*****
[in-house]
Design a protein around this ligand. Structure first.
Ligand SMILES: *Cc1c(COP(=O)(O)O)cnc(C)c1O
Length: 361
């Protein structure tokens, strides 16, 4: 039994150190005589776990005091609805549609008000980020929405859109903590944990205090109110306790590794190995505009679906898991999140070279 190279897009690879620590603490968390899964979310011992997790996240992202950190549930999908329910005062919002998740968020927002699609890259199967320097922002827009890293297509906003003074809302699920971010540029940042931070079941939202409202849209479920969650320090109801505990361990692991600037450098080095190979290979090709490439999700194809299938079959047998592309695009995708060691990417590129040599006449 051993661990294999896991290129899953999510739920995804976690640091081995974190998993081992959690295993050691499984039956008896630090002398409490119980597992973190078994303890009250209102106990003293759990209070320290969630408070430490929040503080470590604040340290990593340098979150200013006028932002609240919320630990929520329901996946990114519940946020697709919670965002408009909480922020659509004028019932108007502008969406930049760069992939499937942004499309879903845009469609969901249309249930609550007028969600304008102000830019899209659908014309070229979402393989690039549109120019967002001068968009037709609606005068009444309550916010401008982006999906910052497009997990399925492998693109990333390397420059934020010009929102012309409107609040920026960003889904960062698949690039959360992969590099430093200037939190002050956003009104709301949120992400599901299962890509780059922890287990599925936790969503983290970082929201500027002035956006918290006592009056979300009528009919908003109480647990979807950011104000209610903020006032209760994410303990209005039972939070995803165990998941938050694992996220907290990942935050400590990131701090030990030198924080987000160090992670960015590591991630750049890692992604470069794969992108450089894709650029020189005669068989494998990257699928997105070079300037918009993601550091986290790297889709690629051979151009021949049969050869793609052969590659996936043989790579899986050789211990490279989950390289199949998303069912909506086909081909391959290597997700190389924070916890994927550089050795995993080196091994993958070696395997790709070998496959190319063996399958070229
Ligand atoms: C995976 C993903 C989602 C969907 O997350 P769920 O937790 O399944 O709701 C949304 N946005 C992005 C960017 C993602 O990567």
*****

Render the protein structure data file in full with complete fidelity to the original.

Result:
[in-house]
Design a protein around this ligand. Structure first.
Ligand SMILES: *Cc1c(COP(=O)(O)O)cnc(C)c1O
Length: 361
């Protein structure tokens, strides 16, 4: 039994150190005589776990005091609805549609008000980020929405859109903590944990205090109110306790590794190995505009679906898991999140070279 190279897009690879620590603490968390899964979310011992997790996240992202950190549930999908329910005062919002998740968020927002699609890259199967320097922002827009890293297509906003003074809302699920971010540029940042931070079941939202409202849209479920969650320090109801505990361990692991600037450098080095190979290979090709490439999700194809299938079959047998592309695009995708060691990417590129040599006449 051993661990294999896991290129899953999510739920995804976690640091081995974190998993081992959690295993050691499984039956008896630090002398409490119980597992973190078994303890009250209102106990003293759990209070320290969630408070430490929040503080470590604040340290990593340098979150200013006028932002609240919320630990929520329901996946990114519940946020697709919670965002408009909480922020659509004028019932108007502008969406930049760069992939499937942004499309879903845009469609969901249309249930609550007028969600304008102000830019899209659908014309070229979402393989690039549109120019967002001068968009037709609606005068009444309550916010401008982006999906910052497009997990399925492998693109990333390397420059934020010009929102012309409107609040920026960003889904960062698949690039959360992969590099430093200037939190002050956003009104709301949120992400599901299962890509780059922890287990599925936790969503983290970082929201500027002035956006918290006592009056979300009528009919908003109480647990979807950011104000209610903020006032209760994410303990209005039972939070995803165990998941938050694992996220907290990942935050400590990131701090030990030198924080987000160090992670960015590591991630750049890692992604470069794969992108450089894709650029020189005669068989494998990257699928997105070079300037918009993601550091986290790297889709690629051979151009021949049969050869793609052969590659996936043989790579899986050789211990490279989950390289199949998303069912909506086909081909391959290597997700190389924070916890994927550089050795995993080196091994993958070696395997790709070998496959190319063996399958070229
Ligand atoms: C995976 C993903 C989602 C969907 O997350 P769920 O937790 O399944 O709701 C949304 N946005 C992005 C960017 C993602 O990567």